Posts tagged “book review”
While I disagree with Amory Lovins on many topics, the man is definitely a visionary. In his latest book Reinventing Fire: Bold Business Solutions for the New Energy Era, Lovins and his coauthors make the case for retrofitting 120 million buildings, and for fundamentally changing our transportation infrastructure, the way our industries use energy, and the way electricity is produced and consumed.
Reinventing Fire is an epic piece of work. I was initially amazed that one author wrote this book, but then in the acknowledgements it is made clear that the book is the result of major efforts by a dozen or so contributors. (I will refer to Lovins as the author in this book review, but there were clearly many contributors). CONTINUE»
I am way behind on reading books that have been sent to me for review by various publishers. The pile on my desk is growing, because I have a bad habit of starting new books before I finish the one I am reading. Currently I am nearly finished with Oil’s Endless Bid, am halfway through Oil: Money, Politics, and Power in the 21st Century, and had started Amory Lovins’ Reinventing Fire until someone borrowed it from my office.
However, I did manage to recently finish Peter Tertzakian’s A Thousand Barrels a Second : The Coming Oil Break Point and the Challenges Facing an Energy Dependent World. This one had been on my bookshelf for a while (as opposed to the growing stack of books I have been sent to review), but it has been pretty high on my list of books to read. CONTINUE»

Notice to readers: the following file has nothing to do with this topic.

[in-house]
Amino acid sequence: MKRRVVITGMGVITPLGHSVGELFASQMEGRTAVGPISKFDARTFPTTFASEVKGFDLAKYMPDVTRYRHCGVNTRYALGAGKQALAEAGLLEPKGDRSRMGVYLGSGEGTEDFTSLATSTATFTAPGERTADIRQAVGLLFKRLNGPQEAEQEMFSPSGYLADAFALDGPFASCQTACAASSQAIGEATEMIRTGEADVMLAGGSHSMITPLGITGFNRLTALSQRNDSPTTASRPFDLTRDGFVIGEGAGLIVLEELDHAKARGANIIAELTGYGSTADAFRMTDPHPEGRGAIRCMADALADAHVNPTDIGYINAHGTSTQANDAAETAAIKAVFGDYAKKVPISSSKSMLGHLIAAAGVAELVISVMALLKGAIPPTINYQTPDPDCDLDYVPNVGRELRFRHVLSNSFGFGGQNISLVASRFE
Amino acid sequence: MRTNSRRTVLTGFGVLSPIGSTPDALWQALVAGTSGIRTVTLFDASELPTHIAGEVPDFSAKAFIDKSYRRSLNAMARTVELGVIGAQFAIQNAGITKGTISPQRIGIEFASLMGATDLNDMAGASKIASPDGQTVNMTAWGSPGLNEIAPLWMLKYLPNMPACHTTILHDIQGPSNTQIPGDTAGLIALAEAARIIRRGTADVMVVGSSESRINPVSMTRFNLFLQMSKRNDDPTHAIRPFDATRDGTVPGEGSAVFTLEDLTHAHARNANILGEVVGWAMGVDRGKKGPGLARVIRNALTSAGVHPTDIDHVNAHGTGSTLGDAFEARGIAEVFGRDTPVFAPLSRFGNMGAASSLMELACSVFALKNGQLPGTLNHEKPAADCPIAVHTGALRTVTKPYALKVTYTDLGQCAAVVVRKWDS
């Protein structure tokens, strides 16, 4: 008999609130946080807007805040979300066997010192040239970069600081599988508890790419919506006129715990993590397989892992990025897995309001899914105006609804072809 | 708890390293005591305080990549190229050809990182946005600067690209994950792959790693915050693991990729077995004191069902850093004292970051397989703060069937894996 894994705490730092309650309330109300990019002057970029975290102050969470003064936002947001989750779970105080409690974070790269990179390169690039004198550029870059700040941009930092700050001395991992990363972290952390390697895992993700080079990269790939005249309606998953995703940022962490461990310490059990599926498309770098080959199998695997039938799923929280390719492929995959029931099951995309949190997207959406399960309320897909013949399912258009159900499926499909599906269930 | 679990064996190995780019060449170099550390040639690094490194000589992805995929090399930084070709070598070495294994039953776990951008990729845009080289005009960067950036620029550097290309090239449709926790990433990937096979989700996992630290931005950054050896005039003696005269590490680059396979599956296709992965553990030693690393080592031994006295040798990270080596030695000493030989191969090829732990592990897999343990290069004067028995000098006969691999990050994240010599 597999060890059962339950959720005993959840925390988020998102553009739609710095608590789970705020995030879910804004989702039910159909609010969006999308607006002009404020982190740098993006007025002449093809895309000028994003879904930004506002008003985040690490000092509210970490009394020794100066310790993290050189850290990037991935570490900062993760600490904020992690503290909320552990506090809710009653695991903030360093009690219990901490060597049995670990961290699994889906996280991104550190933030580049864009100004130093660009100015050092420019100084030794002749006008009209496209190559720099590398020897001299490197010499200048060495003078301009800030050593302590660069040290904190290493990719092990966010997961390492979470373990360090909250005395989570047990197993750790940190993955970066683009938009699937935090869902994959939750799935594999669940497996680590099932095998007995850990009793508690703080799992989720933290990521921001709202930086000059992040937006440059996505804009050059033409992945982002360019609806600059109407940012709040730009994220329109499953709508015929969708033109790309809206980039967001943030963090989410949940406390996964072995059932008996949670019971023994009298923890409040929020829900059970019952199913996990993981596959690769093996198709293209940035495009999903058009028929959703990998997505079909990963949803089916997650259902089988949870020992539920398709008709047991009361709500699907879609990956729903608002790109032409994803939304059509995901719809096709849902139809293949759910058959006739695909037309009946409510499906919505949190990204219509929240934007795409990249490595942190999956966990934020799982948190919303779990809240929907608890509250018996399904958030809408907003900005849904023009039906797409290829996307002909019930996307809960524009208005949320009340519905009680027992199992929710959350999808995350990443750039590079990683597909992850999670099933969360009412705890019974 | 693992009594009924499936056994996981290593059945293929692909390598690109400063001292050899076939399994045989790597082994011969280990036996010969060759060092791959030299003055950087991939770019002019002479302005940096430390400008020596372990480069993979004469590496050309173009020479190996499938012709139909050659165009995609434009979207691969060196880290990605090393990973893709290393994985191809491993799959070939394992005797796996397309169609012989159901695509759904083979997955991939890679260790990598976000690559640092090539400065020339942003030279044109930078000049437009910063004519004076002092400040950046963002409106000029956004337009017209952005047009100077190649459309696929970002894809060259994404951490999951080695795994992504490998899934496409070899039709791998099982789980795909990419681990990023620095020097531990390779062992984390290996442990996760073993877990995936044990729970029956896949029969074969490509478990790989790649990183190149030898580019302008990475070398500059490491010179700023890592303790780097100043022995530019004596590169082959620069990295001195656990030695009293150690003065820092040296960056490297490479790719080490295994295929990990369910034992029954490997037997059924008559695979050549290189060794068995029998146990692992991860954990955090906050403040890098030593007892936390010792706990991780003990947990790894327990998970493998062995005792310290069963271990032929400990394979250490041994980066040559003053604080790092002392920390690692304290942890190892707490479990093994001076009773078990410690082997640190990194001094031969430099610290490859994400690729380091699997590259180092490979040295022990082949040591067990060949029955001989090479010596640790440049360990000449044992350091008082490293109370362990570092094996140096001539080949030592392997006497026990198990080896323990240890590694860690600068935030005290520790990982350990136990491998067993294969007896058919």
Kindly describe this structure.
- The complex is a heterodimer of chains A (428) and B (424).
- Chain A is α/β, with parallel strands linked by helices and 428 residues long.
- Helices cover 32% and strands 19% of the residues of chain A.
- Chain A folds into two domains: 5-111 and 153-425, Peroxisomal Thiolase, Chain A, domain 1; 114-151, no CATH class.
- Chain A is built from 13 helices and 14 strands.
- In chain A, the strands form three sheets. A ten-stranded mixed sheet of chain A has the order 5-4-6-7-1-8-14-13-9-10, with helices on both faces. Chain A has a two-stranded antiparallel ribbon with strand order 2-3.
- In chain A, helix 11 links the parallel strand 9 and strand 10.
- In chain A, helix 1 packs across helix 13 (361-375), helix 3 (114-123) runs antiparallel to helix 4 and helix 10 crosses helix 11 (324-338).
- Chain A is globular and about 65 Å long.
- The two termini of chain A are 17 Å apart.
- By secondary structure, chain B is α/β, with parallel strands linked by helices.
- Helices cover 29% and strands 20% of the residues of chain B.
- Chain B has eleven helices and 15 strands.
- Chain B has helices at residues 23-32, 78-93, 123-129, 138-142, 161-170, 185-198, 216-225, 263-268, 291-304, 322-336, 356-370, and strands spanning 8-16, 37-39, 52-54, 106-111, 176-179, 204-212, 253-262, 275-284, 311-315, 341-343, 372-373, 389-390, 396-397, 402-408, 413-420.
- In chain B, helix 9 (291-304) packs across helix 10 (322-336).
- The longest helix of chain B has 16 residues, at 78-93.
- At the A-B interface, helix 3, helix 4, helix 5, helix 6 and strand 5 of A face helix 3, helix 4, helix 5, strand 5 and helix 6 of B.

I read two books on my recent trip to Europe. The first was Cracking the Carbon Code by Terry Tamminen. l reviewed that book here, and indicated that while I disagree with the notion that we will come up with a viable solution to rising carbon emissions, some of the steps that Tamminem suggested — like improving energy efficiency — are worthwhile in any case. And I felt that the book as a whole was well-written. I had mixed feelings about that book, and I have mixed feelings about Howard Johnson’s book Energy, Convenient Solutions: How Americans Can Solve the Energy Crisis in Ten Years. Johnson is a self-described “chemical engineering graduate of Purdue University in 1949.” On the one… Continue»
Introduction In Cracking the Carbon Code, Terry Tamminen lays out his strategy for managing and reducing carbon emissions. He describes what California has done. He describes great strides that China has made. He describes his strategic meetings on the subject with President Obama prior to his election. He makes estimates on what the costs would be to regulate carbon dioxide (0.7 cents per kWH of electricity; 35 cents per gallon of transportation fuel). He talks about carbon markets that have sprung up around the world, and makes recommendations for how businesses can inventory and manage their emissions (e.g., he recommends that all businesses have a carbon manager to deal with each company’s carbon emissions). A Fundamental Disagreement But I read… Continue»